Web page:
And the Lord said to Moses, “When you go back to Egypt, see that you do before Pharaoh all the miracles that I have put in your power. But I will harden his heart, so that he will not let the people go. Then you shall say to Pharaoh, ‘Thus says the Lord, Israel is my firstborn son, and I say to you, “Let my son go that he may serve me.” If you refuse to let him go, behold, I will kill your firstborn son.’”
At a lodging place on the way the Lord met [Moses] and sought to put him to death. Then Zipporah [Moses’s wife] took a flint and cut off her son's foreskin and touched Moses' feet with it and said, “Surely you are a bridegroom of blood to me!” So he let him alone. It was then that she said, “A bridegroom of blood,” because of the circumcision. (Exodus 4:18–26)
Moses and His Son
Now, this is a strange passage, but let’s start at the center of it. “Israel is my firstborn son.” So Israel as a nation is God’s son. Israel as a whole covenant community is to reflect something of God. There is some kind of generating relationship from the Father to the son. He calls this people into existence, and their task as son is to be obedient to their Father and reflect their Father’s glory.
He’s the firstborn son. That is, he has the rights of rule. It doesn’t mean there are a whole lot of other sons, just as Christ in Colossians 1 is called God’s firstborn Son. He has the rights of what were called primogeniture. That is, he had the rights to rule of the oldest son. He had the right to represent the Father.
Then we’re told that God is angry with Moses. The account in Exodus 4:24–26, as you can imagine, has a lot of commentators scratching their heads and wondering what’s going on. The most straightforward reading as far as I can see is that Moses is still only a reluctant emissary. God has argued him into going in the earlier part of the chapter, but still he’s not all that happy about it, and apparently, he has been guilty of not circumcising his own son.
When he got down to the land of Midian he eventually married Zipporah and had a boy, and he hasn’t even circumcised his own son, although the commandment to circumcise goes all the way back to Abraham. This was not invented at the time of the exodus. Here he is, however reluctantly, agreeing to lead God’s covenant community out of slavery and he hasn’t even adopted the God-prescribed sign of the covenant in his own son. What kind of inconsistency is that?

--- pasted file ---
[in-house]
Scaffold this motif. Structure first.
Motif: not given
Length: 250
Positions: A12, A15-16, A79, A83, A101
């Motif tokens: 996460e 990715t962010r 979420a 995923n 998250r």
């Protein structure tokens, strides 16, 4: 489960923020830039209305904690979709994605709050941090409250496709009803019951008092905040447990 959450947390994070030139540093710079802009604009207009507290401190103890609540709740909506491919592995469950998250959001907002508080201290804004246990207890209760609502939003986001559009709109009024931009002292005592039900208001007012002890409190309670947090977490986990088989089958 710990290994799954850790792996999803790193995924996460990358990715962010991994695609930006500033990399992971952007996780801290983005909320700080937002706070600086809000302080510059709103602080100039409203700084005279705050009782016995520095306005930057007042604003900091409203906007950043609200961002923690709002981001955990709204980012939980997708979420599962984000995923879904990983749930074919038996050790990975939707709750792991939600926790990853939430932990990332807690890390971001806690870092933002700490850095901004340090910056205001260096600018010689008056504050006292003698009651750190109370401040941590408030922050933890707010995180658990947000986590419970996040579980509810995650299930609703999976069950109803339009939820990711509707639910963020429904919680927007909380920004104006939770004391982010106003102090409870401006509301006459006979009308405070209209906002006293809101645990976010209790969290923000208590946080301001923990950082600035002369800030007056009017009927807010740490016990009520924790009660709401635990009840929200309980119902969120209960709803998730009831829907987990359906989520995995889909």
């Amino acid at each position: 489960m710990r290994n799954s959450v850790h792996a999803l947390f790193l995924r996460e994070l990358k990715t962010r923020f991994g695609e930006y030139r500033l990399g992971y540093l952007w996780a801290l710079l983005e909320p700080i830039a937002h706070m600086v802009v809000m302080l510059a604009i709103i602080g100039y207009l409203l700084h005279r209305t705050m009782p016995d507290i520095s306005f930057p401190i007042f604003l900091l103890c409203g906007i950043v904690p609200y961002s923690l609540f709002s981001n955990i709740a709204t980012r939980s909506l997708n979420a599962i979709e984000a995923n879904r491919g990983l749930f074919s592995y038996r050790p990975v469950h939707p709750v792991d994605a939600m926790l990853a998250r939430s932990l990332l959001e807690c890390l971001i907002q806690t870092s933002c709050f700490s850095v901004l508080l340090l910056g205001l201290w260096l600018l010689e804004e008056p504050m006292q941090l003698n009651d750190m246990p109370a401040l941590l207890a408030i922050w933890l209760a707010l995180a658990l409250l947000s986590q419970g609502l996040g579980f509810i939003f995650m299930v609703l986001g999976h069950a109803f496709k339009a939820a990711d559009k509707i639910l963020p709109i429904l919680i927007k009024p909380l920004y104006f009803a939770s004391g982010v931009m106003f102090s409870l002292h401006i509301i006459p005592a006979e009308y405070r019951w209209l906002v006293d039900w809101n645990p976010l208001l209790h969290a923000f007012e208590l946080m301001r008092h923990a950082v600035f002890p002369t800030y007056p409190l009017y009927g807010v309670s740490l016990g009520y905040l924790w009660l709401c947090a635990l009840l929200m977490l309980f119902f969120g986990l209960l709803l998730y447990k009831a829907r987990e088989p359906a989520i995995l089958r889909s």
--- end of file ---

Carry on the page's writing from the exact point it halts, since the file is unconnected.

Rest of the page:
It’s as if God has cajoled him and threatened him and invited him and now authorized him and given him his brother to go with him, and still he’s holding back, as it were, his own son so that God is angry with Moses for this half-hearted, inconsistent, double-faced effort. The account is so brief it’s hard to be sure exactly what happened. Perhaps Moses falls desperately ill, facing God’s judgment, and Zipporah is given insight to see what the problem is.
At the time of Abraham and on, it was the father’s duty to circumcise the son. Later it was the priests’ duty, but here Zipporah does it because Moses hasn’t pulled his weight. She takes the blood and touches Moses as well, as if to associate him with the deed, and the threat to Moses’s life ceases.
In other words, if Israel as a nation is God’s privileged firstborn son, how can the man appointed to lead them be careless about the God-appointed covenantal sign in his own family? Moses may be called of God but that does not give him the right to be careless. It calls on him as the leader of God’s firstborn son to make sure all is well with his son, and there are some bearings on that we shall see tomorrow regarding pastors too.
Israel as God’s Son in the Old Testament
Now, this theme of Israel as God’s son is picked up in later Old Testament passages. Jeremiah 31:9:
With weeping they shall come, and with pleas for mercy I will lead them back, I will make them walk by brooks of water, in a straight path in which they shall not stumble, for I am a father to Israel, and Ephraim is my firstborn.
Or the prophecy of Hosea 11, words quoted again in the New Testament and applied to Christ, “Out of Egypt I called my son” (Hosea 11:1; Matthew 2:15).